How working like bees can improve our decision making

How working like bees can improve our decision making

When you hear two words together you immediately recognise the semiotics behind them. For example, thunder and lightening, pen and paper, or dads and terrible dancing. Two words that you may never have imagined together are honeybee’s and the brain. Or more specifically the cognitive deliberations of our own minds, and the collective intelligence of honeybees when it comes to decision making. Though they have plenty of similarites, which draw interesting parallels when exploring decision making in small groups.

In 2010, biologist Thomas D. Seeley published The Honeybee democracy, a book covering the core principles of decision making in group settings, specifically in reference to the inner workings of a bee hive in correlation to the human mind. This was explored by comparing the fundamental techniques of honeybee hives which exercise a collective intelligence, very similarly to the cognitive deliberations of our own brains when working towards a shared interest.

Like many other biologists, Seeley saw the mechanism of a bee colony not as individuals, but rather a collection of individuals as a sort of superorganism, working towards a common goal. In two separate studies, sociobiologists analysed the behavioural decision making by groups of insects, whereas neurobiologists investigated the neuronal basis of decision making in primate brains. Both studies found interesting parallels between them, suggesting that there are general principals of organisation for building groups that are far more intelligent than the smartest individual in them.

“It turns out there are intriguing similarities in the pictures that have emerged from these two independent lines of study. For example, the studies of individual neuron activity associated with the eye-movement decisions in monkey brains and the studies of individual bee activity associated with nest-site decisions in honeybee swarms have both found that the decision-making process is essentially a competition between alternatives to accumulate support (e.g., neuron firings and bee visits), and the alternative that is chosen is the one whose accumulation of support first surpasses a critical threshold.”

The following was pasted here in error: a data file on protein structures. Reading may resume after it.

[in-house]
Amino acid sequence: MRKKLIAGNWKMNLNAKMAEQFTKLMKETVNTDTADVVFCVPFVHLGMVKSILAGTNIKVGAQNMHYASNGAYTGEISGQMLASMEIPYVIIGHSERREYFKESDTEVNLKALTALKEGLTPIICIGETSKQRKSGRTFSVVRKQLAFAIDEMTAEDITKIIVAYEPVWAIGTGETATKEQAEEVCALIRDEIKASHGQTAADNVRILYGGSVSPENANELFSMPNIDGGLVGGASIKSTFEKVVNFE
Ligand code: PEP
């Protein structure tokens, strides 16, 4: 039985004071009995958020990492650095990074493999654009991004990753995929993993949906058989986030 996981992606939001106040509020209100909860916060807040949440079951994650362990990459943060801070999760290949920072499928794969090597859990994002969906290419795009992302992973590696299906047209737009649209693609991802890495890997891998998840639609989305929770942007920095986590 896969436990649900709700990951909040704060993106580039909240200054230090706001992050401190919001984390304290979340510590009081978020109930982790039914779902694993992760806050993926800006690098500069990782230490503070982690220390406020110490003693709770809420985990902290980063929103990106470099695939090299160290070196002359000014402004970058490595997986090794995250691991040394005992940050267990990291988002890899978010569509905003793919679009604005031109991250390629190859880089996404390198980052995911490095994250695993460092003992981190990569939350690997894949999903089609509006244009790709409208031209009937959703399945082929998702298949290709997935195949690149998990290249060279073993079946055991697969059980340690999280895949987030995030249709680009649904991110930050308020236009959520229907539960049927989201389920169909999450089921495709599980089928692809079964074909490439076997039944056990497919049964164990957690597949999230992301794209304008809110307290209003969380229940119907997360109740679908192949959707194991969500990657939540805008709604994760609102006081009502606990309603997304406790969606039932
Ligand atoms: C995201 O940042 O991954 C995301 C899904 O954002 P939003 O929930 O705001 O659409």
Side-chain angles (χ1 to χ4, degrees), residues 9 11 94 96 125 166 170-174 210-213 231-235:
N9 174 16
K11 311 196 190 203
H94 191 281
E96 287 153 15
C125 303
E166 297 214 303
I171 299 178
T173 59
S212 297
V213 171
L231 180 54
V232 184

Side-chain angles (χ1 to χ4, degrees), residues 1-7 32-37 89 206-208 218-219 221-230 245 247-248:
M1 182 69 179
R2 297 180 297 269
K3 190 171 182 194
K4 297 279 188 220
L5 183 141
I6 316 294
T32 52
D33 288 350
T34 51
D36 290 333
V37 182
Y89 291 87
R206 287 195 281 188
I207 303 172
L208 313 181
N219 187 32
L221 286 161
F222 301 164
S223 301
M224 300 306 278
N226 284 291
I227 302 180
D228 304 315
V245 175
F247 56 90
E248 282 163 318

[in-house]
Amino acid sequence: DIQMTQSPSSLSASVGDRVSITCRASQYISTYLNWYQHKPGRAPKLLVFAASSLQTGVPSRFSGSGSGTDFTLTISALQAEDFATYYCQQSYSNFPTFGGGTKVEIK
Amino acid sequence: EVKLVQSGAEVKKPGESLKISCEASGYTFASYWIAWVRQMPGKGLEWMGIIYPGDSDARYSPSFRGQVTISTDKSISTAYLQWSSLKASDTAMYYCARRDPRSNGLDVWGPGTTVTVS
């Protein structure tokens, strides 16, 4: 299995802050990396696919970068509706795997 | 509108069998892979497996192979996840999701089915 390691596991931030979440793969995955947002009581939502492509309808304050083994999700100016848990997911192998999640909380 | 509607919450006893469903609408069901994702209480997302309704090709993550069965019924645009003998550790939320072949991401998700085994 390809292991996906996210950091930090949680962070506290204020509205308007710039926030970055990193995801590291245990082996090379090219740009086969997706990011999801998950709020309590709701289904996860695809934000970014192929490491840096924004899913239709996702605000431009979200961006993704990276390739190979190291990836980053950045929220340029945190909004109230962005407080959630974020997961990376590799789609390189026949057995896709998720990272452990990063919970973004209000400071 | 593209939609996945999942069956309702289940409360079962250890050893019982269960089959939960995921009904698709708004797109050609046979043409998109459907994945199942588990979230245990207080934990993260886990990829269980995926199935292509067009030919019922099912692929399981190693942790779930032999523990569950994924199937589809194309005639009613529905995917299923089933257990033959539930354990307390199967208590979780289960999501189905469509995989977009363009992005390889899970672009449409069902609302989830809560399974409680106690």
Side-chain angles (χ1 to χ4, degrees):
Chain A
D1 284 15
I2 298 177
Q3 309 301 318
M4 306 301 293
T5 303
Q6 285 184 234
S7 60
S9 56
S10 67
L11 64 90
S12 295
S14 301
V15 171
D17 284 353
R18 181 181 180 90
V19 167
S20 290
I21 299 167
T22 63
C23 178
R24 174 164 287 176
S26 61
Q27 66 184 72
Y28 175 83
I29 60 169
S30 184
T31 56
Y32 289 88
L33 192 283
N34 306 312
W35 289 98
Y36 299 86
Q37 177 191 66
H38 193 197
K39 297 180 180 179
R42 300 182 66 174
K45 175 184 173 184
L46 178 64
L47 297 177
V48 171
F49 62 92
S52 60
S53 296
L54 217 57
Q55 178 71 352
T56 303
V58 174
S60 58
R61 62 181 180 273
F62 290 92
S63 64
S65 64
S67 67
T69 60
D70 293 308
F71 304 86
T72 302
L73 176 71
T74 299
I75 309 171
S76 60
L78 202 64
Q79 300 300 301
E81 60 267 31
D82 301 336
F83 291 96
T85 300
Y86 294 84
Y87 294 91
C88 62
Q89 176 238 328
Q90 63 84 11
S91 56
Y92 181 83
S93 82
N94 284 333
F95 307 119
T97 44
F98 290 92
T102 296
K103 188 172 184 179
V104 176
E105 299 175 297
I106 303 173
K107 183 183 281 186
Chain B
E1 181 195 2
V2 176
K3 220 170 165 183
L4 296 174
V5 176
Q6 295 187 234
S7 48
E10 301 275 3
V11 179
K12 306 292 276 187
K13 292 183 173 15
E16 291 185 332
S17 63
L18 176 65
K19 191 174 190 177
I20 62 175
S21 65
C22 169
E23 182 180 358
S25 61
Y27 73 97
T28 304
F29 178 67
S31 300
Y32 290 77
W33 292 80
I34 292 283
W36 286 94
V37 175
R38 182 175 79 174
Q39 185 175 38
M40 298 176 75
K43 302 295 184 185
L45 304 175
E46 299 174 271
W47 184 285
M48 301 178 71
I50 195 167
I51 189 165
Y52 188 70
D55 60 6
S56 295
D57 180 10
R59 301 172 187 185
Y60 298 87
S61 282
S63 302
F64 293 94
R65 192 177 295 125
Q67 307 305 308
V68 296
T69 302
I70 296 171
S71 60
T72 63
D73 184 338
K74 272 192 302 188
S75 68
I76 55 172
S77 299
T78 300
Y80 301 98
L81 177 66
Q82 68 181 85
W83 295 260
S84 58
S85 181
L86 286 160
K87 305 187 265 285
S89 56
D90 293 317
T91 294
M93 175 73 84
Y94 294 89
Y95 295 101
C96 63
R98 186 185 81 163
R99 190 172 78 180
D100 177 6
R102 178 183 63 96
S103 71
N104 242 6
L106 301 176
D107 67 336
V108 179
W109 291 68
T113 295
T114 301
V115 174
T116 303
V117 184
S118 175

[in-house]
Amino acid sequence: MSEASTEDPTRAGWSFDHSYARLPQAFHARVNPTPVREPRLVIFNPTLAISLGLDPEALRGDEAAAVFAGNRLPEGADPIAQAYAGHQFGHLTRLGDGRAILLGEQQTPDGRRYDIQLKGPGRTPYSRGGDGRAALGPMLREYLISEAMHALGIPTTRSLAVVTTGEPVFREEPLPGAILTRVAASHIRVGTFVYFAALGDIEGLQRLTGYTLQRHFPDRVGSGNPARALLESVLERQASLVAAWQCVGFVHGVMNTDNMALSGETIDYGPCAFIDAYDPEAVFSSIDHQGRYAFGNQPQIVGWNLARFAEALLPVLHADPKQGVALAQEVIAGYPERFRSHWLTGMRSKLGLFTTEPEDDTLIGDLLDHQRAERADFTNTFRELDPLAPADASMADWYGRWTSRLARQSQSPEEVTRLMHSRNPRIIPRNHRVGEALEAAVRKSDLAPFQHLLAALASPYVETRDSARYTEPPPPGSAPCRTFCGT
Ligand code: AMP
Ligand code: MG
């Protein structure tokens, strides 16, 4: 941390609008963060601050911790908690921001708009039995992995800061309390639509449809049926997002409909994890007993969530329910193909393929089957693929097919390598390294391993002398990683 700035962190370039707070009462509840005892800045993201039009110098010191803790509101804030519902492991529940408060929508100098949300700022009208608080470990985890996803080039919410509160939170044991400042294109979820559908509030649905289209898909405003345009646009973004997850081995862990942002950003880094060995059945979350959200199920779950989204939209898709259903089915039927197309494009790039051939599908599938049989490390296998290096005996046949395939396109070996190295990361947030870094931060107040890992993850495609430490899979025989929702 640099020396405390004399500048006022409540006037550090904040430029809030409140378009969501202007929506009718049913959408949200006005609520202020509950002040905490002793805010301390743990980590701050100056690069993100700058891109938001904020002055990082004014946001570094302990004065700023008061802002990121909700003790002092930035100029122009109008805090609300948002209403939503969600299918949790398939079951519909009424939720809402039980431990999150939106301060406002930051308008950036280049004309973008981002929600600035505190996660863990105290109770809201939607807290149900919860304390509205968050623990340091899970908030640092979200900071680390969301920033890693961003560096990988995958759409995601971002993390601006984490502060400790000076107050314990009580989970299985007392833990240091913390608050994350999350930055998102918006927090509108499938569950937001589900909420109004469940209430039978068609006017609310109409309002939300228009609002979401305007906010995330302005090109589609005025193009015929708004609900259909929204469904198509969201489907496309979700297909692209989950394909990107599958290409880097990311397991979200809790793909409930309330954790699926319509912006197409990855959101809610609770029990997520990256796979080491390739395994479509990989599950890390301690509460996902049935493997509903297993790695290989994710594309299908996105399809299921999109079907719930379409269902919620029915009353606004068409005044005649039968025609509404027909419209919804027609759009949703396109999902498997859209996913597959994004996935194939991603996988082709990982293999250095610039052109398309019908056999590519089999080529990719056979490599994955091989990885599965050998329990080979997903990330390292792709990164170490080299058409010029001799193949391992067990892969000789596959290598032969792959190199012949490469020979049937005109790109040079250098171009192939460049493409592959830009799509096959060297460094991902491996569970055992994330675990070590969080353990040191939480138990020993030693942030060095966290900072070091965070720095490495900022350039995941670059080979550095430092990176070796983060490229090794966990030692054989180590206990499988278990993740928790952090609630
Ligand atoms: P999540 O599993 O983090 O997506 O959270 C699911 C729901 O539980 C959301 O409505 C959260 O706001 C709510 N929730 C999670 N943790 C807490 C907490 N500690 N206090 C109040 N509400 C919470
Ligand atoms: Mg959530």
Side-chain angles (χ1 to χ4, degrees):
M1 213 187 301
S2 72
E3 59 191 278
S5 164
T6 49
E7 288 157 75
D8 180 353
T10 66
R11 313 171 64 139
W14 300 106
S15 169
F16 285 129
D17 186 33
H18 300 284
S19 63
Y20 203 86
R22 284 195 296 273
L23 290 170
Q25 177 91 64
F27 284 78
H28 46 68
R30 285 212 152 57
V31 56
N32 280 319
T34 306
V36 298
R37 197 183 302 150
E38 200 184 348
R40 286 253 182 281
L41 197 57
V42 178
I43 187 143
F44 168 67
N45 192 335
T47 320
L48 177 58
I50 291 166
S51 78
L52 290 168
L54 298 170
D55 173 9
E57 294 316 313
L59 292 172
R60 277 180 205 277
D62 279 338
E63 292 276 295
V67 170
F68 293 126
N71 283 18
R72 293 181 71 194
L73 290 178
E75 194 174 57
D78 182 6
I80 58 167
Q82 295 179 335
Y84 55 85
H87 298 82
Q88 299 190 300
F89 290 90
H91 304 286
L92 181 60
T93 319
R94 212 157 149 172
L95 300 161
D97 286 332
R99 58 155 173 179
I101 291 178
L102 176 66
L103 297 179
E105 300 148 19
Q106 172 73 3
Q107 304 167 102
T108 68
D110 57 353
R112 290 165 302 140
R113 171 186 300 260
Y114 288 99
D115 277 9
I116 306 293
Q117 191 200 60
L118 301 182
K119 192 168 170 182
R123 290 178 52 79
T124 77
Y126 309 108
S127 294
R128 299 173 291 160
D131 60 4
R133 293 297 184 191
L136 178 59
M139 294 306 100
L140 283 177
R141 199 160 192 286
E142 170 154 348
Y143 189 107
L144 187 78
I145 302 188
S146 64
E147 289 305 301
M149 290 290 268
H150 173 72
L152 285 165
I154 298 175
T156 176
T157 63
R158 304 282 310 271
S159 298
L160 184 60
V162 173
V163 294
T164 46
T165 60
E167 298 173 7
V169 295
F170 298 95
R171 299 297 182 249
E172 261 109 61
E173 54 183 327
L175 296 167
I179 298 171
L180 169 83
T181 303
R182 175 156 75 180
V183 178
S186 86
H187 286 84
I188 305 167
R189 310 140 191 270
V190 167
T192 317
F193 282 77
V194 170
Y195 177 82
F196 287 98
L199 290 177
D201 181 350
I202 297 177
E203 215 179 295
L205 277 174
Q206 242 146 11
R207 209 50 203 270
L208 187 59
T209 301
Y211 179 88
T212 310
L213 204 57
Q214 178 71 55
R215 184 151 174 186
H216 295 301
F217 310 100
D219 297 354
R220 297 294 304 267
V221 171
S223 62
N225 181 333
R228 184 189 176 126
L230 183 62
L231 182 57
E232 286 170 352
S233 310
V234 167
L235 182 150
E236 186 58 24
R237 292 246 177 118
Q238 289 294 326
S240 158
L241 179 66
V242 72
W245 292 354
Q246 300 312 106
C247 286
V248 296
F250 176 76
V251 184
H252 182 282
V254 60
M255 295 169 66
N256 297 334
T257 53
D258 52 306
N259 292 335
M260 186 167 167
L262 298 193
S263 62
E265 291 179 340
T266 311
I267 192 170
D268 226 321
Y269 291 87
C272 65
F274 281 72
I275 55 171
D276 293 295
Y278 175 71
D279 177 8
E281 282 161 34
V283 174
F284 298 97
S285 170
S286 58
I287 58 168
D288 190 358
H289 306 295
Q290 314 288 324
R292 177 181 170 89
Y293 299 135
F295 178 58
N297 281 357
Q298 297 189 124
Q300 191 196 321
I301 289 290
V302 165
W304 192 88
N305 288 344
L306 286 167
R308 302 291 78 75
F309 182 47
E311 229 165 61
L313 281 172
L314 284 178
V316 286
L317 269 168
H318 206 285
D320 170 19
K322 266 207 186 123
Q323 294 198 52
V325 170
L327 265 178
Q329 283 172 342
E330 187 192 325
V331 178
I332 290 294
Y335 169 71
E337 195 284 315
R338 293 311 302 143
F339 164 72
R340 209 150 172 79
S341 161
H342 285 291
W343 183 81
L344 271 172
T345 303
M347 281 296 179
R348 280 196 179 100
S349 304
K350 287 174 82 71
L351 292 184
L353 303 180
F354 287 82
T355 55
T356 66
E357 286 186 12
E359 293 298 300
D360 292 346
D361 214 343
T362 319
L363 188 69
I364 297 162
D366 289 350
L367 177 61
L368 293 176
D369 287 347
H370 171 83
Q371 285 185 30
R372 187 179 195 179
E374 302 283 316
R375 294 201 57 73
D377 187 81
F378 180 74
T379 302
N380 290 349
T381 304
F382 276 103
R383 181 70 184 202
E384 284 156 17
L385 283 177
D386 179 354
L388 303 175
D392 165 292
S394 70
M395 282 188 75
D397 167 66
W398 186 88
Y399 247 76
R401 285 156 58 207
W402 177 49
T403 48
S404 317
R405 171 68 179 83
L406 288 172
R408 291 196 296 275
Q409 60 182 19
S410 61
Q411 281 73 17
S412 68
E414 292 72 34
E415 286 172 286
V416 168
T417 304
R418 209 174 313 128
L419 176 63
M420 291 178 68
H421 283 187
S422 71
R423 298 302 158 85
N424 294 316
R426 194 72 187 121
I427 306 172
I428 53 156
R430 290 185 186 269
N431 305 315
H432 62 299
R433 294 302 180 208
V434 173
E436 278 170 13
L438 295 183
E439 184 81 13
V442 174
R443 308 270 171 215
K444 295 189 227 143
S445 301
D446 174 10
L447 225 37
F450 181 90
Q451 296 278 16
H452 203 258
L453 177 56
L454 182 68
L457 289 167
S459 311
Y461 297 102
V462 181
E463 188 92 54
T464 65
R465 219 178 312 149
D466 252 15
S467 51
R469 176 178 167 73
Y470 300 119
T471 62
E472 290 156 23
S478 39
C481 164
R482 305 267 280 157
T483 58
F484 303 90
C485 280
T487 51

–  Thomas D. Seeley The Honeybee Democracy (2010)

The relationships these insects have is an interesting way to shed new light on how we can work together. Honeybees are highly intelligent as a group, managing to communicate amongst themselves to reach a common target. Seeley found many common elements in their decision making process and our own, suggesting that working collectively we can produce ideas that are more intelligent than any one individual can imagine.

Seeley finalises the discussion at the end of the book offering “Five Habits of Effective Group”, the principles he uses as head of the Department of Neurobiology and Behavior at Cornell University, which can also be applied to Workshops.

The five lessons for group decision – making are:

  • Create groups with mutual respect and shared interest
  • Minimize the leader’s influence on the group thinking
  • Seek diverse solutions
  • Aggregate the group’s knowledge through debate
  • Use quorum responses for speed, cohesion, and accuracy

These principles suggested by Seeley can be moulded into the aims of our Workshops, as they work well in small groups with a shared common interest, so they can be applied to achieve the highest quality decisions throughout a team in order to increase intelligence and work flow.